Submitted to: Proceedings of SPIE
Publication Type: Proceedings
Publication Acceptance Date: April 14, 2011
Publication Date: May 12, 2011
Citation: Liu, Y., Thibodeaux, D.P., Gamble, G.R. 2011. Development of simple algorithm for direct and rapid determination of cotton maturity from FTIR spectroscopy. Proceedings of SPIE. 80321:1-9. Interpretive Summary: Immature fibers were prone to entanglement formation during mechanical processing and also to alter the desired color appearance in dyed products. In cotton industry, such devices as image analysis and AFIS have been developed to measure cotton maturity, in which the obtained results could not be verified. As an approach, we developed a simple three-IR-band algorithm for determining fiber maturity directly. The result was well validated by independent measurements. This procedure has the potential to be a rapid, routine, and accurate measuring technique, because it needs minimal sample preparation and is based on structural differences between immature and mature fibers.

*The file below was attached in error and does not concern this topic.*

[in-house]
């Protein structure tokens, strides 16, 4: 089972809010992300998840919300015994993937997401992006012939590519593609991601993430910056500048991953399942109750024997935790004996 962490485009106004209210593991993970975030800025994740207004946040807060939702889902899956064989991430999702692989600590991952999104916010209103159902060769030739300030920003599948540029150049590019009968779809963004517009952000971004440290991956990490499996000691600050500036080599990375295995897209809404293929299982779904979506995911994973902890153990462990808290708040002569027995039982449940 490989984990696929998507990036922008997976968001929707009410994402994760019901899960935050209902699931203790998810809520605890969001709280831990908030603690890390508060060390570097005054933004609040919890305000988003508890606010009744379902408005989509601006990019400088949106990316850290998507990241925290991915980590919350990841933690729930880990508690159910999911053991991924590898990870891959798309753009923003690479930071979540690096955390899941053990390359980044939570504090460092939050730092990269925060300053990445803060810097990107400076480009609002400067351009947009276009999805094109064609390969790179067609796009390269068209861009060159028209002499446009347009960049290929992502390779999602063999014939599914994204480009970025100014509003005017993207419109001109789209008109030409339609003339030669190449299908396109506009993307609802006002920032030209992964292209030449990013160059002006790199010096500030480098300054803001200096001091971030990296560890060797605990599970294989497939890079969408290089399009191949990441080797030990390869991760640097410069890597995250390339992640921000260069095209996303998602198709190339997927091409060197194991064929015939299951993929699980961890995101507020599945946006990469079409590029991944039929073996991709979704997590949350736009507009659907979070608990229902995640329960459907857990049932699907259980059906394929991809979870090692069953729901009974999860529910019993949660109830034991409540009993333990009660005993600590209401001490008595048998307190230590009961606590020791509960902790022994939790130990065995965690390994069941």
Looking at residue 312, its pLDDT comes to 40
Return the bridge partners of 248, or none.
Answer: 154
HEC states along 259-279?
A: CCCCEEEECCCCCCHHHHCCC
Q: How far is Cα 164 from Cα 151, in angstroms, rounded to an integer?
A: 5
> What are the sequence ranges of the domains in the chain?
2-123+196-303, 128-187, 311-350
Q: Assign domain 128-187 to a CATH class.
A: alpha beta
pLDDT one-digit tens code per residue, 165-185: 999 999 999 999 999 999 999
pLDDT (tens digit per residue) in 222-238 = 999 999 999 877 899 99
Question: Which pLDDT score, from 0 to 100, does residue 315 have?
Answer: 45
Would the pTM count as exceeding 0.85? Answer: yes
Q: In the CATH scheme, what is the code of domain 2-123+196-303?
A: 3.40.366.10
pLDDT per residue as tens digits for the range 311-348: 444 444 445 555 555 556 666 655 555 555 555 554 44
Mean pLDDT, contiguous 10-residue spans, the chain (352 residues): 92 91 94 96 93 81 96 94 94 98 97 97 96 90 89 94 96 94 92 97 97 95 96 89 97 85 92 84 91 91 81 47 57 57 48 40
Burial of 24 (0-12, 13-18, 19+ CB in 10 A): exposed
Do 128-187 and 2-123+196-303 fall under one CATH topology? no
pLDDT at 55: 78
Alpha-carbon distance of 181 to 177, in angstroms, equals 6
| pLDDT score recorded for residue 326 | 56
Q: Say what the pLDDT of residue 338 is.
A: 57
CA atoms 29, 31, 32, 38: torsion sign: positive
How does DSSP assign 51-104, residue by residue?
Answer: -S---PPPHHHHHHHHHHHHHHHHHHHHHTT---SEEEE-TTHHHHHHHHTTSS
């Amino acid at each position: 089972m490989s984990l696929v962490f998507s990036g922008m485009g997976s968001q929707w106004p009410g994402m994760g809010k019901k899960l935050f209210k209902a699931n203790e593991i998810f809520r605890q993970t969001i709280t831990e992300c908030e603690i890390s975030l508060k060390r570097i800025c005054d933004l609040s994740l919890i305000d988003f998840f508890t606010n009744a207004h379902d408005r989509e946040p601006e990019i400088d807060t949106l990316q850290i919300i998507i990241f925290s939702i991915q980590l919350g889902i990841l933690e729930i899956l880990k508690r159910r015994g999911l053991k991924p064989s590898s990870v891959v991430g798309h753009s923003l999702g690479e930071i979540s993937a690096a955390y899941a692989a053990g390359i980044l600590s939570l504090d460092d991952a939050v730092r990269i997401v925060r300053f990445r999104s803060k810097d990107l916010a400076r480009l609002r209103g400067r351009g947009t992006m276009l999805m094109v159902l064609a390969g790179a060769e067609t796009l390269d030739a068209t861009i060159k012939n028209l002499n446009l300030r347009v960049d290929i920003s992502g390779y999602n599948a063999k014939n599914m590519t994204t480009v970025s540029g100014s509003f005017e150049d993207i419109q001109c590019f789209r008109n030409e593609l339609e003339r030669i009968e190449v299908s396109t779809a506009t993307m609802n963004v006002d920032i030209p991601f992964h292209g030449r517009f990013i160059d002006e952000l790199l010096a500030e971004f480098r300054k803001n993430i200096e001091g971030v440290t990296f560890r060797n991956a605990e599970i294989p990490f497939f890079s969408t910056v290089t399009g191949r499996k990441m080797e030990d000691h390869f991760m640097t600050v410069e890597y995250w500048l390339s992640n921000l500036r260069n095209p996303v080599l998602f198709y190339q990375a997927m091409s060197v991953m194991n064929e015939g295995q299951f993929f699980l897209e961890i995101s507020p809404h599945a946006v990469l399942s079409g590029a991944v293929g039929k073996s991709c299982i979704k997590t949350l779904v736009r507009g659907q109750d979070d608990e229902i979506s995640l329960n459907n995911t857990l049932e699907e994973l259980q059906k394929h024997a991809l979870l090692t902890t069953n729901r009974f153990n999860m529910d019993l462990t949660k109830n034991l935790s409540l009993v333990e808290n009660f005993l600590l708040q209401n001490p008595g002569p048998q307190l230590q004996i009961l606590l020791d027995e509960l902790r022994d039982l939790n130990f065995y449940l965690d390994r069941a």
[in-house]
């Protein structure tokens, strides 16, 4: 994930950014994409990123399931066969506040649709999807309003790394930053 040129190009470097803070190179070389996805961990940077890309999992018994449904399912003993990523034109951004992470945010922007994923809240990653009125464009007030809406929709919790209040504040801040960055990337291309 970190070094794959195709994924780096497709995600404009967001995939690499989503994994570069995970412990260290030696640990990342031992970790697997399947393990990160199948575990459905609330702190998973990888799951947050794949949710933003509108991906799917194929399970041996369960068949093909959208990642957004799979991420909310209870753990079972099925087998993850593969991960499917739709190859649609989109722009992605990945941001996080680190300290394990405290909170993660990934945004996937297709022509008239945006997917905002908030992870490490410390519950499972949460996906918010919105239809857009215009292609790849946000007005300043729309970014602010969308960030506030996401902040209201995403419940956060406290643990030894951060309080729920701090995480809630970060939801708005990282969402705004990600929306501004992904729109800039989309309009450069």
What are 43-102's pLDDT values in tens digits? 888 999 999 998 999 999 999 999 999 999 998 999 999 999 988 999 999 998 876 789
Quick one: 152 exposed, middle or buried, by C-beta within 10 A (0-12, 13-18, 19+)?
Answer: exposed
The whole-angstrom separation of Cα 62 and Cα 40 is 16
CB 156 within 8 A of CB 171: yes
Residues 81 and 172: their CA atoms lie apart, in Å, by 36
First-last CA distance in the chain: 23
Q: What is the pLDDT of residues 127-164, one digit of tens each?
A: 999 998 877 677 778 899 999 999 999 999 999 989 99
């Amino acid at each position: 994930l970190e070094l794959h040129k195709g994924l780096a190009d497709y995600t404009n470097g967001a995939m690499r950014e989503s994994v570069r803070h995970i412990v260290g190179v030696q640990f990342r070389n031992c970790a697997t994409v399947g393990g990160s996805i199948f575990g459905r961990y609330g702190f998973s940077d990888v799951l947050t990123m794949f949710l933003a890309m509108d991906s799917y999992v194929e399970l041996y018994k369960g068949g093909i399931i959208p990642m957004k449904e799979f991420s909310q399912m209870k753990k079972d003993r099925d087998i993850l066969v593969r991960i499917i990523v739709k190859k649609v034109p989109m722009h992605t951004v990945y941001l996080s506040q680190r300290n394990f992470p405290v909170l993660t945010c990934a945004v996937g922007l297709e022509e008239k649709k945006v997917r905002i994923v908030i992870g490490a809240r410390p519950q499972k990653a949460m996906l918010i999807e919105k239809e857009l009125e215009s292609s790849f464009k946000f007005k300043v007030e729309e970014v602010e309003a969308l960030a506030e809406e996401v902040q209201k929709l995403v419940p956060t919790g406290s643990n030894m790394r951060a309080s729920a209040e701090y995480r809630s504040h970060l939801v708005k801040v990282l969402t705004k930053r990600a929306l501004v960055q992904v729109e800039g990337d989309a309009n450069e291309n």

Technical Abstract: Fourier transform infrared (FTIR) spectra of seed and lint cottons were collected to explore the potential for the discrimination of immature cottons from mature ones and also for the determination of actual cotton maturity. Spectral features of immature and mature cottons revealed large differences in the 1200-900 cm-1 region, and such spectral distinctions formed the basis on which to develop simple three-band ratio algorithm for classification analysis. Next, an additional formula was created to assess the degree of cotton fiber maturity by converting the three-band ratios into an appropriate FTIR maturity (MIR) index. Furthermore, the MIR index was compared with parameters derived from traditional image analysis (IA) and advanced fiber information system (AFIS) measurements. Results indicated strong correlations (R2 > 0.89) between MIR and MAFIS and between MIR and MIA among either International Cotton Calibration (ICC) standards or selected cotton maturity references. On the other hand, low correlations between the pairs were observed among regular cotton fibers, which likely resulted from the heterogeneous distribution of structural, physical, and chemical characteristics in cotton fibers and subsequent different sampling specimens for individual and independent measurement.